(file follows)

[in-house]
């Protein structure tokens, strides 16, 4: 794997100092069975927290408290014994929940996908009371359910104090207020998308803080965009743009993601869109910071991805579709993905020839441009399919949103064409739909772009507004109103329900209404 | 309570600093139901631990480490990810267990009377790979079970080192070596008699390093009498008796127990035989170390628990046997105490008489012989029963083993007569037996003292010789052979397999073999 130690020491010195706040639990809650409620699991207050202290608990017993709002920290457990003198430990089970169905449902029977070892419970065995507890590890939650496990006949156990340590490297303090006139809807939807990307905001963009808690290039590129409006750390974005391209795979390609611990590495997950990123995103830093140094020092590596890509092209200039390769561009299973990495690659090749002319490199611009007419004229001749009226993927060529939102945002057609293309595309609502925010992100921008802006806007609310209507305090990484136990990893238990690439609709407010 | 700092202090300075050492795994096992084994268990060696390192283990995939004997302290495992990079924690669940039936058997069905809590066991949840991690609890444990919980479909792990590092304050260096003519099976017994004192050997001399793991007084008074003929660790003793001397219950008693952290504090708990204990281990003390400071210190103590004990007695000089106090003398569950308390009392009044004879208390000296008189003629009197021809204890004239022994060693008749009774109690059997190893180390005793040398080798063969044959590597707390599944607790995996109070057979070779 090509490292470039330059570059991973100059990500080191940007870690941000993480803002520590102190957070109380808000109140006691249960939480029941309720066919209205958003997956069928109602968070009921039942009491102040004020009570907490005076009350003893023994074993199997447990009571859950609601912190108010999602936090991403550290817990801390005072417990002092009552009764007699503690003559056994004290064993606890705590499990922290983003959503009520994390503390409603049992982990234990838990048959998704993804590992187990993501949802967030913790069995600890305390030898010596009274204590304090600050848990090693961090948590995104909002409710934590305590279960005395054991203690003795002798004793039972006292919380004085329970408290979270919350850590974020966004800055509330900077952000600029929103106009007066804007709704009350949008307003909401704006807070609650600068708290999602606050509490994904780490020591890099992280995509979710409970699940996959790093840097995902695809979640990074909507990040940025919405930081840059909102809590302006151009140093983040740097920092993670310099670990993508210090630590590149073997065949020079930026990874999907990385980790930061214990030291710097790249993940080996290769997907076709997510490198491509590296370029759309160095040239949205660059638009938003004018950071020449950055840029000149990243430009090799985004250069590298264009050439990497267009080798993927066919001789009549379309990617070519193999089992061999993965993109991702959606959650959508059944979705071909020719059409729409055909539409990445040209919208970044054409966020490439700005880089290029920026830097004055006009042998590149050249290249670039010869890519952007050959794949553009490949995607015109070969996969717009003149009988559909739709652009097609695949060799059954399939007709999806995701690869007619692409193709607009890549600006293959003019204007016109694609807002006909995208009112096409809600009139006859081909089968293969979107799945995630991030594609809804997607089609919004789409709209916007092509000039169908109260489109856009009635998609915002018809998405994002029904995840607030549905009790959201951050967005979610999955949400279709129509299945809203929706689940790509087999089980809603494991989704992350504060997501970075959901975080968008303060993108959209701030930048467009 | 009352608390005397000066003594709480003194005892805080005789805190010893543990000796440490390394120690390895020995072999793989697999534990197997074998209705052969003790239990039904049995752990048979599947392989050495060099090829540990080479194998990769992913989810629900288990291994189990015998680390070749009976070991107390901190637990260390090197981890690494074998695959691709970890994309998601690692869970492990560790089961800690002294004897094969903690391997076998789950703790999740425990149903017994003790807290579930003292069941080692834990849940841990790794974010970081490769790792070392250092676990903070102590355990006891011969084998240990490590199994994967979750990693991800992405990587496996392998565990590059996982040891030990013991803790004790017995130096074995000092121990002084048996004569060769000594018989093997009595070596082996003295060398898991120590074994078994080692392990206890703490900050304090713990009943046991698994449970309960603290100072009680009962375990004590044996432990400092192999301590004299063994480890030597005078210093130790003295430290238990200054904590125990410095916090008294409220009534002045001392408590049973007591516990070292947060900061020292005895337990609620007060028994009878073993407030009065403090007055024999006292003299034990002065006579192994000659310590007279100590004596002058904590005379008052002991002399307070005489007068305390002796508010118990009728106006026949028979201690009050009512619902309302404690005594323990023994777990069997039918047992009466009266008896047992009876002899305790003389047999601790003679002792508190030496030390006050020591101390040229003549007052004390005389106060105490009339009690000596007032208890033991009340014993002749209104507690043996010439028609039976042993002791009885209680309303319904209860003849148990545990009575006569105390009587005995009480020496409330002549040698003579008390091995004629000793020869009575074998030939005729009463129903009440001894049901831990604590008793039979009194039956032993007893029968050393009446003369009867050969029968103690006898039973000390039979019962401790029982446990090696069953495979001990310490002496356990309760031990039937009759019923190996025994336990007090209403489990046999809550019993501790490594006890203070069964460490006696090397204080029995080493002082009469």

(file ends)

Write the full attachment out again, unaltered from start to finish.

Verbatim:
[in-house]
């Protein structure tokens, strides 16, 4: 794997100092069975927290408290014994929940996908009371359910104090207020998308803080965009743009993601869109910071991805579709993905020839441009399919949103064409739909772009507004109103329900209404 | 309570600093139901631990480490990810267990009377790979079970080192070596008699390093009498008796127990035989170390628990046997105490008489012989029963083993007569037996003292010789052979397999073999 130690020491010195706040639990809650409620699991207050202290608990017993709002920290457990003198430990089970169905449902029977070892419970065995507890590890939650496990006949156990340590490297303090006139809807939807990307905001963009808690290039590129409006750390974005391209795979390609611990590495997950990123995103830093140094020092590596890509092209200039390769561009299973990495690659090749002319490199611009007419004229001749009226993927060529939102945002057609293309595309609502925010992100921008802006806007609310209507305090990484136990990893238990690439609709407010 | 700092202090300075050492795994096992084994268990060696390192283990995939004997302290495992990079924690669940039936058997069905809590066991949840991690609890444990919980479909792990590092304050260096003519099976017994004192050997001399793991007084008074003929660790003793001397219950008693952290504090708990204990281990003390400071210190103590004990007695000089106090003398569950308390009392009044004879208390000296008189003629009197021809204890004239022994060693008749009774109690059997190893180390005793040398080798063969044959590597707390599944607790995996109070057979070779 090509490292470039330059570059991973100059990500080191940007870690941000993480803002520590102190957070109380808000109140006691249960939480029941309720066919209205958003997956069928109602968070009921039942009491102040004020009570907490005076009350003893023994074993199997447990009571859950609601912190108010999602936090991403550290817990801390005072417990002092009552009764007699503690003559056994004290064993606890705590499990922290983003959503009520994390503390409603049992982990234990838990048959998704993804590992187990993501949802967030913790069995600890305390030898010596009274204590304090600050848990090693961090948590995104909002409710934590305590279960005395054991203690003795002798004793039972006292919380004085329970408290979270919350850590974020966004800055509330900077952000600029929103106009007066804007709704009350949008307003909401704006807070609650600068708290999602606050509490994904780490020591890099992280995509979710409970699940996959790093840097995902695809979640990074909507990040940025919405930081840059909102809590302006151009140093983040740097920092993670310099670990993508210090630590590149073997065949020079930026990874999907990385980790930061214990030291710097790249993940080996290769997907076709997510490198491509590296370029759309160095040239949205660059638009938003004018950071020449950055840029000149990243430009090799985004250069590298264009050439990497267009080798993927066919001789009549379309990617070519193999089992061999993965993109991702959606959650959508059944979705071909020719059409729409055909539409990445040209919208970044054409966020490439700005880089290029920026830097004055006009042998590149050249290249670039010869890519952007050959794949553009490949995607015109070969996969717009003149009988559909739709652009097609695949060799059954399939007709999806995701690869007619692409193709607009890549600006293959003019204007016109694609807002006909995208009112096409809600009139006859081909089968293969979107799945995630991030594609809804997607089609919004789409709209916007092509000039169908109260489109856009009635998609915002018809998405994002029904995840607030549905009790959201951050967005979610999955949400279709129509299945809203929706689940790509087999089980809603494991989704992350504060997501970075959901975080968008303060993108959209701030930048467009 | 009352608390005397000066003594709480003194005892805080005789805190010893543990000796440490390394120690390895020995072999793989697999534990197997074998209705052969003790239990039904049995752990048979599947392989050495060099090829540990080479194998990769992913989810629900288990291994189990015998680390070749009976070991107390901190637990260390090197981890690494074998695959691709970890994309998601690692869970492990560790089961800690002294004897094969903690391997076998789950703790999740425990149903017994003790807290579930003292069941080692834990849940841990790794974010970081490769790792070392250092676990903070102590355990006891011969084998240990490590199994994967979750990693991800992405990587496996392998565990590059996982040891030990013991803790004790017995130096074995000092121990002084048996004569060769000594018989093997009595070596082996003295060398898991120590074994078994080692392990206890703490900050304090713990009943046991698994449970309960603290100072009680009962375990004590044996432990400092192999301590004299063994480890030597005078210093130790003295430290238990200054904590125990410095916090008294409220009534002045001392408590049973007591516990070292947060900061020292005895337990609620007060028994009878073993407030009065403090007055024999006292003299034990002065006579192994000659310590007279100590004596002058904590005379008052002991002399307070005489007068305390002796508010118990009728106006026949028979201690009050009512619902309302404690005594323990023994777990069997039918047992009466009266008896047992009876002899305790003389047999601790003679002792508190030496030390006050020591101390040229003549007052004390005389106060105490009339009690000596007032208890033991009340014993002749209104507690043996010439028609039976042993002791009885209680309303319904209860003849148990545990009575006569105390009587005995009480020496409330002549040698003579008390091995004629000793020869009575074998030939005729009463129903009440001894049901831990604590008793039979009194039956032993007893029968050393009446003369009867050969029968103690006898039973000390039979019962401790029982446990090696069953495979001990310490002496356990309760031990039937009759019923190996025994336990007090209403489990046999809550019993501790490594006890203070069964460490006696090397204080029995080493002082009469």